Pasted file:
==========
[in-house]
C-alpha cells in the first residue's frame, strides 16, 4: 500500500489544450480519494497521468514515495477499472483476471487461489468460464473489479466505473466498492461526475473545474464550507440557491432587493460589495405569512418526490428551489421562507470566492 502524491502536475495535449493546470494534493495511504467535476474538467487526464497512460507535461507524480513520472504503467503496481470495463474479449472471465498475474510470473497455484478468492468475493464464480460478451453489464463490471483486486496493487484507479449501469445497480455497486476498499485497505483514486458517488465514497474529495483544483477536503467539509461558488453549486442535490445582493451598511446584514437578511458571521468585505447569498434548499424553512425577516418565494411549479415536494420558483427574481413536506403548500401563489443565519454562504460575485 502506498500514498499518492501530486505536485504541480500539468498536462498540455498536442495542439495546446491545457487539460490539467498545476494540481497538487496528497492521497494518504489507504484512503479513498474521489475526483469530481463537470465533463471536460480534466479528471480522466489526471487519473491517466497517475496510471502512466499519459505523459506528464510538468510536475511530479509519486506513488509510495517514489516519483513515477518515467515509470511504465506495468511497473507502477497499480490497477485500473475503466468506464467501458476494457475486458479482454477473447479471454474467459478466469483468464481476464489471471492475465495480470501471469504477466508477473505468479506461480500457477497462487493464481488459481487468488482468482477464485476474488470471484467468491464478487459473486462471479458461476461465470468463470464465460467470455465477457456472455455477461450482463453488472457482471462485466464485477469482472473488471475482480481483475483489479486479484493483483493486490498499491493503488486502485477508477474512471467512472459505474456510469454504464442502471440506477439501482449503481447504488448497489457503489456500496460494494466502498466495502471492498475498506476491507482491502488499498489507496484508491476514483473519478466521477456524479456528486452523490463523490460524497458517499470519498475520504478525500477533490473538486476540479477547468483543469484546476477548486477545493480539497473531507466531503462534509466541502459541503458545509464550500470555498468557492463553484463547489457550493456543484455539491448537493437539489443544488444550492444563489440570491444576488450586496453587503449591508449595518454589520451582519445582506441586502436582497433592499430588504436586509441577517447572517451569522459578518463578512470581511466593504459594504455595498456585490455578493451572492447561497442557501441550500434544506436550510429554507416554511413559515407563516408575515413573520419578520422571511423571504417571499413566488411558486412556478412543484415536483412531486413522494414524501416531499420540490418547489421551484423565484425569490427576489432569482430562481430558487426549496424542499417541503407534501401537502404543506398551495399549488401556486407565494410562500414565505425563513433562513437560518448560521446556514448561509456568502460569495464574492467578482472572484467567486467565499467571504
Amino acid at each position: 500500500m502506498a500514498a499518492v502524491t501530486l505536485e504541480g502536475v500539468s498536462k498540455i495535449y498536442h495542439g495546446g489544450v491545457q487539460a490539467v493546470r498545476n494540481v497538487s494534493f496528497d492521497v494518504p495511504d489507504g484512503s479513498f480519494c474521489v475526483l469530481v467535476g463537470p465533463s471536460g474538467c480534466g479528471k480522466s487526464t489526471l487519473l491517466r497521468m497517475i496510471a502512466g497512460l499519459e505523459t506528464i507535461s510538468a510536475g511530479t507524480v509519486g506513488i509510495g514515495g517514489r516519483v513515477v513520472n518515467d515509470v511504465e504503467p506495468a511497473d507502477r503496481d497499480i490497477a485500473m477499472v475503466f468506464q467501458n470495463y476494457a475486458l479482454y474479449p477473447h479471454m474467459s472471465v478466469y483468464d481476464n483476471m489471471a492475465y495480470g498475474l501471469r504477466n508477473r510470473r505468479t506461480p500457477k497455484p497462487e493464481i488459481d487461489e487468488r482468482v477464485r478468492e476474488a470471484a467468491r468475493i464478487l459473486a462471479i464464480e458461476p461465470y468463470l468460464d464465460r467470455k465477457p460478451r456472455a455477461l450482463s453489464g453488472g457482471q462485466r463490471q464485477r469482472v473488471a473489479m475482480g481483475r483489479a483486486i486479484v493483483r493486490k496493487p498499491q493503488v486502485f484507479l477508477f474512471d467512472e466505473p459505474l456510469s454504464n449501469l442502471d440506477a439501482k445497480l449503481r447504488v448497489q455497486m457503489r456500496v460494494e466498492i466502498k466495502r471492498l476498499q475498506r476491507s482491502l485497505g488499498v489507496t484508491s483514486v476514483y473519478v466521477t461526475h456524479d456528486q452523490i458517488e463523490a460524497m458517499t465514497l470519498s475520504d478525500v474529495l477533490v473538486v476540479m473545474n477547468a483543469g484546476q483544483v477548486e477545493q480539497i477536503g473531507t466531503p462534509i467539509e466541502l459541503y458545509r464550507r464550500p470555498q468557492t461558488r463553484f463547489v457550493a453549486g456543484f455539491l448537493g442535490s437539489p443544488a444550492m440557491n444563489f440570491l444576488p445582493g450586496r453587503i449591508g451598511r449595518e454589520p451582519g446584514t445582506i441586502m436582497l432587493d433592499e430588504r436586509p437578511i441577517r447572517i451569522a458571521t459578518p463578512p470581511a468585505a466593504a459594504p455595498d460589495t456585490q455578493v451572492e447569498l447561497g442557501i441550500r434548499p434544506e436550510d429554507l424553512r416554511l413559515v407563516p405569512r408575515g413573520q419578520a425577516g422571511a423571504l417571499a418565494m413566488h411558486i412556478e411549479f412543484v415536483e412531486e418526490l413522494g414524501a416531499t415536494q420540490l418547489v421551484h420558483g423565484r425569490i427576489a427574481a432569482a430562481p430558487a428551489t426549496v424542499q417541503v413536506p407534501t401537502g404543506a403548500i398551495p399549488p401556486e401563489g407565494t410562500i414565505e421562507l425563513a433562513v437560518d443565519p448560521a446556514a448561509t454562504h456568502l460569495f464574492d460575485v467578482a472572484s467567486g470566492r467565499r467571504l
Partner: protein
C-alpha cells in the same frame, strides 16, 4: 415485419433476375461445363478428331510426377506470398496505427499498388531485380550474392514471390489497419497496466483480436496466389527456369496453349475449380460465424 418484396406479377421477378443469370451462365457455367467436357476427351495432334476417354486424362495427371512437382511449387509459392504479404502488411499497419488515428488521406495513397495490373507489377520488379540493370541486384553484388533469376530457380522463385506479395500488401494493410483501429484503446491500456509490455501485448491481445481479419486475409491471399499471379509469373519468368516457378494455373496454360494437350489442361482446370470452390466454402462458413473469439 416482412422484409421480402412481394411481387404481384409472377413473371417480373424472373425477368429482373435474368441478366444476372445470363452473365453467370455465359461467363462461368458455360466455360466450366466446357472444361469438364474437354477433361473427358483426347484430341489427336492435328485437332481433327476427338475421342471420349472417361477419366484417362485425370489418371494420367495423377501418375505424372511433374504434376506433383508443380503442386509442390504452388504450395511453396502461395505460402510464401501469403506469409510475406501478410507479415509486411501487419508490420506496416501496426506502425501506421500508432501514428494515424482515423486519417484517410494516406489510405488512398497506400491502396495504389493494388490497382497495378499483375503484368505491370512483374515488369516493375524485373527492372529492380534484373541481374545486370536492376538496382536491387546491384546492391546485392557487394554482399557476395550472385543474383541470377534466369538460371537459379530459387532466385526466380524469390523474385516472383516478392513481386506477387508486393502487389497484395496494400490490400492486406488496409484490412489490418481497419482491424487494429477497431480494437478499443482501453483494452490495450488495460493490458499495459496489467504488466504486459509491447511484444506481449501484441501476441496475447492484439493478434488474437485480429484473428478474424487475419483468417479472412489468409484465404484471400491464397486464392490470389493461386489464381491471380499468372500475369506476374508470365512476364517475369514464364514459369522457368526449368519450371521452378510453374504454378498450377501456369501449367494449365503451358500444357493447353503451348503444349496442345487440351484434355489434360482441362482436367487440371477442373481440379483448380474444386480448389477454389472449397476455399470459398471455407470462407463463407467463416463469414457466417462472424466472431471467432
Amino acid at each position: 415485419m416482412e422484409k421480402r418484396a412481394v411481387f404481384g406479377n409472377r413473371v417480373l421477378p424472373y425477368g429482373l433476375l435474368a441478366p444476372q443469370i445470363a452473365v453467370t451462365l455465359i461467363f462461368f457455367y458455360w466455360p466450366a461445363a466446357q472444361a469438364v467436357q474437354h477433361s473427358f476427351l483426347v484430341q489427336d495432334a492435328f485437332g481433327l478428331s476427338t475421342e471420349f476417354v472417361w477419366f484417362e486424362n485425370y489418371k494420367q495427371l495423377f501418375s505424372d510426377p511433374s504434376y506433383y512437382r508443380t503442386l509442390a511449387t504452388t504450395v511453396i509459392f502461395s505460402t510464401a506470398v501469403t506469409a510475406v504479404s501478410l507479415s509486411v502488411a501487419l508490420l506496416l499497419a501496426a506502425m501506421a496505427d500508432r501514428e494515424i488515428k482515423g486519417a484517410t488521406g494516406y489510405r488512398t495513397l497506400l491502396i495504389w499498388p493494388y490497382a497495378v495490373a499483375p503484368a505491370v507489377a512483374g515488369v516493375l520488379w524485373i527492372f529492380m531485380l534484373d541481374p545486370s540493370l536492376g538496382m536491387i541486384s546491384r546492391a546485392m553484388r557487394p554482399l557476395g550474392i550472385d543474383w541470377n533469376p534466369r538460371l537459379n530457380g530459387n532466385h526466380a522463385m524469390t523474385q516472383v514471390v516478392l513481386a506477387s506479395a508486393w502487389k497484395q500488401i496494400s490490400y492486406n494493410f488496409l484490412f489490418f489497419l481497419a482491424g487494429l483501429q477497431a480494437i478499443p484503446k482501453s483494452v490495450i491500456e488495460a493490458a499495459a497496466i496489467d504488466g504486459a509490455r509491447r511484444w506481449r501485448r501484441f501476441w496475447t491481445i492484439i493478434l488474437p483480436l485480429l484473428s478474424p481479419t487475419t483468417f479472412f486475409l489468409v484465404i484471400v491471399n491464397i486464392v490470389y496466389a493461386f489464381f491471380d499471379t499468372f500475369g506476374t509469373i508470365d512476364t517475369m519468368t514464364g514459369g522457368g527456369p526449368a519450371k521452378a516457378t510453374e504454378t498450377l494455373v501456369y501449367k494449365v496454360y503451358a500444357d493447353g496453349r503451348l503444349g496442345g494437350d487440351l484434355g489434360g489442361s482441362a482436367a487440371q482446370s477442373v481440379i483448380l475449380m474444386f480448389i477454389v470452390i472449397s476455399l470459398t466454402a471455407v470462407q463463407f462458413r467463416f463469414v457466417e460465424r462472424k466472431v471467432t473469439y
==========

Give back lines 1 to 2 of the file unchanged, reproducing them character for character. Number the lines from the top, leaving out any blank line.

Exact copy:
[in-house]
C-alpha cells in the first residue's frame, strides 16, 4: 500500500489544450480519494497521468514515495477499472483476471487461489468460464473489479466505473466498492461526475473545474464550507440557491432587493460589495405569512418526490428551489421562507470566492 502524491502536475495535449493546470494534493495511504467535476474538467487526464497512460507535461507524480513520472504503467503496481470495463474479449472471465498475474510470473497455484478468492468475493464464480460478451453489464463490471483486486496493487484507479449501469445497480455497486476498499485497505483514486458517488465514497474529495483544483477536503467539509461558488453549486442535490445582493451598511446584514437578511458571521468585505447569498434548499424553512425577516418565494411549479415536494420558483427574481413536506403548500401563489443565519454562504460575485 502506498500514498499518492501530486505536485504541480500539468498536462498540455498536442495542439495546446491545457487539460490539467498545476494540481497538487496528497492521497494518504489507504484512503479513498474521489475526483469530481463537470465533463471536460480534466479528471480522466489526471487519473491517466497517475496510471502512466499519459505523459506528464510538468510536475511530479509519486506513488509510495517514489516519483513515477518515467515509470511504465506495468511497473507502477497499480490497477485500473475503466468506464467501458476494457475486458479482454477473447479471454474467459478466469483468464481476464489471471492475465495480470501471469504477466508477473505468479506461480500457477497462487493464481488459481487468488482468482477464485476474488470471484467468491464478487459473486462471479458461476461465470468463470464465460467470455465477457456472455455477461450482463453488472457482471462485466464485477469482472473488471475482480481483475483489479486479484493483483493486490498499491493503488486502485477508477474512471467512472459505474456510469454504464442502471440506477439501482449503481447504488448497489457503489456500496460494494466502498466495502471492498475498506476491507482491502488499498489507496484508491476514483473519478466521477456524479456528486452523490463523490460524497458517499470519498475520504478525500477533490473538486476540479477547468483543469484546476477548486477545493480539497473531507466531503462534509466541502459541503458545509464550500470555498468557492463553484463547489457550493456543484455539491448537493437539489443544488444550492444563489440570491444576488450586496453587503449591508449595518454589520451582519445582506441586502436582497433592499430588504436586509441577517447572517451569522459578518463578512470581511466593504459594504455595498456585490455578493451572492447561497442557501441550500434544506436550510429554507416554511413559515407563516408575515413573520419578520422571511423571504417571499413566488411558486412556478412543484415536483412531486413522494414524501416531499420540490418547489421551484423565484425569490427576489432569482430562481430558487426549496424542499417541503407534501401537502404543506398551495399549488401556486407565494410562500414565505425563513433562513437560518448560521446556514448561509456568502460569495464574492467578482472572484467567486467565499467571504